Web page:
One of the wonderful things about Wikipedia is that literally all of the data — every single edit and practically every discussion made on or about the site — is easily available. So there’s an enormous amount more to learn about how it gets written. (In addition to nailing down what we know so far a little better.) If you’re interested to contributing to further research on this and related topics,send me an emailand I’ll try to coordinate something.
Another response was to think about the implications on who gets to vote in Wikipedia elections. ‘I tried to vote,’commented Eric, ‘but since I am one of your “occasional contributors” (I’ve edited only one article to make content changes), I am not eligible[]. It appears that the opinions of “occasional contributors” will not be heard.’ Others, including William Loughborough and Jason Clark, expressed similar sentiments. ‘HURRAH, I am DISENFRANCHISED’,complained Bill Coderre.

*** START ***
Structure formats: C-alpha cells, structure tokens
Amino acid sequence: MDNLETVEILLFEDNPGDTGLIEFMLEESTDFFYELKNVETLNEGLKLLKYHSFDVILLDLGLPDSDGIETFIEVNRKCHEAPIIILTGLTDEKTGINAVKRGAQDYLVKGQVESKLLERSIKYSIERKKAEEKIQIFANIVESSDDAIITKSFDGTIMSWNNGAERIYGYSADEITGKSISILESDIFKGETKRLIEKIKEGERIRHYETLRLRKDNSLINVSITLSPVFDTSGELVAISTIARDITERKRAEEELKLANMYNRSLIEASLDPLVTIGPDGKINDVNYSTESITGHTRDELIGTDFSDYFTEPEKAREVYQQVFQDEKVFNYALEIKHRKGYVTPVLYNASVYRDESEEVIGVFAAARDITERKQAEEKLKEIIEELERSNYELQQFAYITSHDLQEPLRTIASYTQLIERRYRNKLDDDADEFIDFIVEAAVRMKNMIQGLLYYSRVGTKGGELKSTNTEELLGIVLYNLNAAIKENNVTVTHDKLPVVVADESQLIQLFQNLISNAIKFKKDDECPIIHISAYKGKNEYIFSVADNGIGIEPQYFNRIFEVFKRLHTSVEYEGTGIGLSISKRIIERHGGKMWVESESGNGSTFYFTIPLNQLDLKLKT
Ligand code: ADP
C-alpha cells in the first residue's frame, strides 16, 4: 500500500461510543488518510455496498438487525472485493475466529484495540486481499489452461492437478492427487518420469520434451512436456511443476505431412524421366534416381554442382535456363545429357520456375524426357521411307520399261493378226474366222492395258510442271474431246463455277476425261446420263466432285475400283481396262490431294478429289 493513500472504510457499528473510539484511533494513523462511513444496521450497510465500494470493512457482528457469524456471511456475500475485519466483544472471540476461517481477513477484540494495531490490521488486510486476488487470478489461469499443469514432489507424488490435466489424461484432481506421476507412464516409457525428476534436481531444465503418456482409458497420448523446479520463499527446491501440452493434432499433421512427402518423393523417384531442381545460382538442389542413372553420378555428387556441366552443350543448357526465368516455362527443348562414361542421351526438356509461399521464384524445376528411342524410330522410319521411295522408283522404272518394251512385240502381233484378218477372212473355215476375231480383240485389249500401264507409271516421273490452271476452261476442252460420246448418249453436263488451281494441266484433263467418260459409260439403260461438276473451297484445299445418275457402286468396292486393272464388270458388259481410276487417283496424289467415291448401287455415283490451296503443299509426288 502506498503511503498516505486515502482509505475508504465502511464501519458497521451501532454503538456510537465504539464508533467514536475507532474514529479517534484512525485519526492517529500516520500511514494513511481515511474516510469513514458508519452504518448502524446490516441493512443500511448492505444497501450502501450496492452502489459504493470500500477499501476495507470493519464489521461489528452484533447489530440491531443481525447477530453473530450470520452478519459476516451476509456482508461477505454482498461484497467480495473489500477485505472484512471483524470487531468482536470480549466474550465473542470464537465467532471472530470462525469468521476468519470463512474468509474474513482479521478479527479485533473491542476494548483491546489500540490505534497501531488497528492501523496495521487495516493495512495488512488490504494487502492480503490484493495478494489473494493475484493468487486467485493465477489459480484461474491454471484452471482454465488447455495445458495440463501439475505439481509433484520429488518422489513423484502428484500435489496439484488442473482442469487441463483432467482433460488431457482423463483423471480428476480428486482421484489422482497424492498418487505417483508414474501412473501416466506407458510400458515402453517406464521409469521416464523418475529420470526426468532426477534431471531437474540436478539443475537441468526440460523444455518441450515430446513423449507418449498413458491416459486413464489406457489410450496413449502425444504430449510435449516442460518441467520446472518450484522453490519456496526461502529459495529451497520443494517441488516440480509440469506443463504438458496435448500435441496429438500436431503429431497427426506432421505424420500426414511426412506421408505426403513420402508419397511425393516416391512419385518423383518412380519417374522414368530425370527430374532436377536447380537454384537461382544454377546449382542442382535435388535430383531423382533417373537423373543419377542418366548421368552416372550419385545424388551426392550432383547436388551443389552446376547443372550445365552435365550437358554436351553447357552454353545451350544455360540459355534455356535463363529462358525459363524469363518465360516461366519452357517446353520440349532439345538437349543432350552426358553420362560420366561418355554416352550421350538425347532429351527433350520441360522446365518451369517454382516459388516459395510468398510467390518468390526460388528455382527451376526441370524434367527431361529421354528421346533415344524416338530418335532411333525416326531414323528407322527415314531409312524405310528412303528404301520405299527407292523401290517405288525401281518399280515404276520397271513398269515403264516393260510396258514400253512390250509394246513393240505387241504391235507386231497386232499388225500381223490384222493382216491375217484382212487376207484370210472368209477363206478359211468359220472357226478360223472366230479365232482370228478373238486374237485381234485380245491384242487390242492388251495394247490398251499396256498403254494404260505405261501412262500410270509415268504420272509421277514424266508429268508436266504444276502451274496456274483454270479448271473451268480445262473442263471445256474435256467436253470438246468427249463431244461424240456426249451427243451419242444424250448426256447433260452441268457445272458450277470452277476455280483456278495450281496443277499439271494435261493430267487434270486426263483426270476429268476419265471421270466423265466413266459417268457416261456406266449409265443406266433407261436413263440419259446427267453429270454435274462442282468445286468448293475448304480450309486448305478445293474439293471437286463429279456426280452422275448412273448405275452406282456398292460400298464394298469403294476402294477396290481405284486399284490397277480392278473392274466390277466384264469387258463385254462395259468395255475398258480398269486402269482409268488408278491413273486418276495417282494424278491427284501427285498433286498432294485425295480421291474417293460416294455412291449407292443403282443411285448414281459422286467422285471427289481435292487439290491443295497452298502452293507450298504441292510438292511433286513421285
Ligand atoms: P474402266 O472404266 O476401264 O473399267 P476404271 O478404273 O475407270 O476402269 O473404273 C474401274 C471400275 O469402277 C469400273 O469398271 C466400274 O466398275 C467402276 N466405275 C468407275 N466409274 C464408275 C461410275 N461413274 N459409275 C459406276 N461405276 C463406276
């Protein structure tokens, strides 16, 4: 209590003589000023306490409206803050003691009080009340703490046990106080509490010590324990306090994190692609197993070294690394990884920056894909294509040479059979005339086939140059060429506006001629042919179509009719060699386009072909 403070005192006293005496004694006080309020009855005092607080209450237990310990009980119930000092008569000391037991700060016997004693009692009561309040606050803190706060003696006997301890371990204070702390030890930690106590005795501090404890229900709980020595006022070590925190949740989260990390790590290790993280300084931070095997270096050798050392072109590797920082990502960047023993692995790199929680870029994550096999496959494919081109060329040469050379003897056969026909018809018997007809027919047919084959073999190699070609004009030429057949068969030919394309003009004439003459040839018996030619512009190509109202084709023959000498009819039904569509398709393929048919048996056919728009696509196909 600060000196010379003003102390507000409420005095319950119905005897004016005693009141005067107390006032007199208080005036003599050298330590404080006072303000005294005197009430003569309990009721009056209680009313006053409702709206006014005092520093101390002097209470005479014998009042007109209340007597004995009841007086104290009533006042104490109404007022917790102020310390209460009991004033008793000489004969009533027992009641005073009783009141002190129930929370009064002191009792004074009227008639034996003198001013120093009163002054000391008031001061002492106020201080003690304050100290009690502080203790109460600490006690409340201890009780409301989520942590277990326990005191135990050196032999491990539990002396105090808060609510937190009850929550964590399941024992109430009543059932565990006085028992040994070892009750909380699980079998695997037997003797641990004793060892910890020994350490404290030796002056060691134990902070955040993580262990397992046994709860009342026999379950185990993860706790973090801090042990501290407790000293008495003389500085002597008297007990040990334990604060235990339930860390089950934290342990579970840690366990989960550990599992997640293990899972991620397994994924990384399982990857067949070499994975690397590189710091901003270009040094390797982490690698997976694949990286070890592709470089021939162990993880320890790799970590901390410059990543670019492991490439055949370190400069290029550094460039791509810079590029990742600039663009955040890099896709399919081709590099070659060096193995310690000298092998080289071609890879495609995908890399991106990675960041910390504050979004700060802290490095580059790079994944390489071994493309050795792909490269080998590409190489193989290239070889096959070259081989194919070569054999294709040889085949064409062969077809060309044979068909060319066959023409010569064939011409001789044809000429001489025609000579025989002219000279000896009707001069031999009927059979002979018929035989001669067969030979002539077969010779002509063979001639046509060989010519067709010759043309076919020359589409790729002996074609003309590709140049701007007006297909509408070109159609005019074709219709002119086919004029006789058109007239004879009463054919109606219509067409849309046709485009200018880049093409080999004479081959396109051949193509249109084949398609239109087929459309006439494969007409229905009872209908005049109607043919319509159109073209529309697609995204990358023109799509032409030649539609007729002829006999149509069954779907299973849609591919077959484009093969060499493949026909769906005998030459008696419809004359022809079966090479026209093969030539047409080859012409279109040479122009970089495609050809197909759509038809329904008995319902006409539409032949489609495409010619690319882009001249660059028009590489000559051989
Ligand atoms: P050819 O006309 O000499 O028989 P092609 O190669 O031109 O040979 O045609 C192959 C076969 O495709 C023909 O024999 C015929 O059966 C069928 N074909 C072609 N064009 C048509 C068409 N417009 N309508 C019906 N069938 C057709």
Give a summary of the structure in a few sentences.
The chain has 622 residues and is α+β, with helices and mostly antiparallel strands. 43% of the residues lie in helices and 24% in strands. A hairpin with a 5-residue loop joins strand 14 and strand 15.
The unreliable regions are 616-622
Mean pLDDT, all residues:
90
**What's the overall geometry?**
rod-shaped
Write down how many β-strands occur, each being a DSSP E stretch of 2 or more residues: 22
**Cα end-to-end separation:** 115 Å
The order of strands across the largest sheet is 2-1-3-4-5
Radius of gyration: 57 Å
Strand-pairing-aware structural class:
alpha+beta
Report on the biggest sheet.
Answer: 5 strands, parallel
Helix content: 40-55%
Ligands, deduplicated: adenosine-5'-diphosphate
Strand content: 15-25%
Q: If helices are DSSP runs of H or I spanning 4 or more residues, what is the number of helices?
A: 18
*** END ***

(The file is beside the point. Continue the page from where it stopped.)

But by far the most common response was people sharing their experience trying to contribute to Wikipedia, only to see their contributions be quickly reverted or rewritten.
‘You can definately tell the “regulars” on Wikipedia’,joshd noted. ‘They’re the ones who … delete your newly reate[d] article without hesitation, or revert your changes and accuse you of vandalis[m] without even checking the changes you made.’ ‘Every modification I made was deleted without any comment’,complained CafeCafe. ‘I know there are a lot of people like me willing to help, but unless there is a real discussion behind, I won’t waste my time to help anymore which is a sad thing.’